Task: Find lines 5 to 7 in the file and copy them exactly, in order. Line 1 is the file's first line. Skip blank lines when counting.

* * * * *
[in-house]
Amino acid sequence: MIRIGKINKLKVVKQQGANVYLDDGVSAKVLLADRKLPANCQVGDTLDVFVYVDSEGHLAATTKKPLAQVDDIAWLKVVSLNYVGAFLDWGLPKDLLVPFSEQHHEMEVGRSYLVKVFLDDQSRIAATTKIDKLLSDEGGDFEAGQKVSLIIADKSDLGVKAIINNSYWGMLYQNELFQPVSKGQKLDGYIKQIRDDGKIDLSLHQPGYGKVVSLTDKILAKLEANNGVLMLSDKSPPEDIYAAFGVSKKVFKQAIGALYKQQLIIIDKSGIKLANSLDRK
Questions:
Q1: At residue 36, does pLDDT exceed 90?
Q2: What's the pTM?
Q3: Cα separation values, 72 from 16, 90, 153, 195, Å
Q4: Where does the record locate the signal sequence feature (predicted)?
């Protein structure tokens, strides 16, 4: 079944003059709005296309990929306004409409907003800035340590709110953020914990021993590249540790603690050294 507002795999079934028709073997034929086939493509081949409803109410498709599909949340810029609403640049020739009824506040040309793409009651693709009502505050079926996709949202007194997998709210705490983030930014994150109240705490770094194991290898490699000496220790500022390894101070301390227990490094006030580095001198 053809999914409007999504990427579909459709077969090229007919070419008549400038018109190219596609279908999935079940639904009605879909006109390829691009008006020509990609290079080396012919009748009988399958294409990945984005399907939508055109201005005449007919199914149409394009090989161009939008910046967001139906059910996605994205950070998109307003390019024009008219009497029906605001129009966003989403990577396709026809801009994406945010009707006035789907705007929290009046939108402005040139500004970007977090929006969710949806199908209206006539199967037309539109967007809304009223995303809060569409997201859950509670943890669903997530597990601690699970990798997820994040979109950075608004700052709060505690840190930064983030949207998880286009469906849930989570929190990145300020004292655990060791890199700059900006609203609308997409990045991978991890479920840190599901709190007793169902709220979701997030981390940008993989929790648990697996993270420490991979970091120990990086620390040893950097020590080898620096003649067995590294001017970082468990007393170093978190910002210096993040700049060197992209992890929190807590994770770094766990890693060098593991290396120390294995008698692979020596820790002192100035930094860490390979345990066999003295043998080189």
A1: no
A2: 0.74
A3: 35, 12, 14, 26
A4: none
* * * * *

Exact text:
Q2: What's the pTM?
Q3: Cα separation values, 72 from 16, 90, 153, 195, Å
Q4: Where does the record locate the signal sequence feature (predicted)?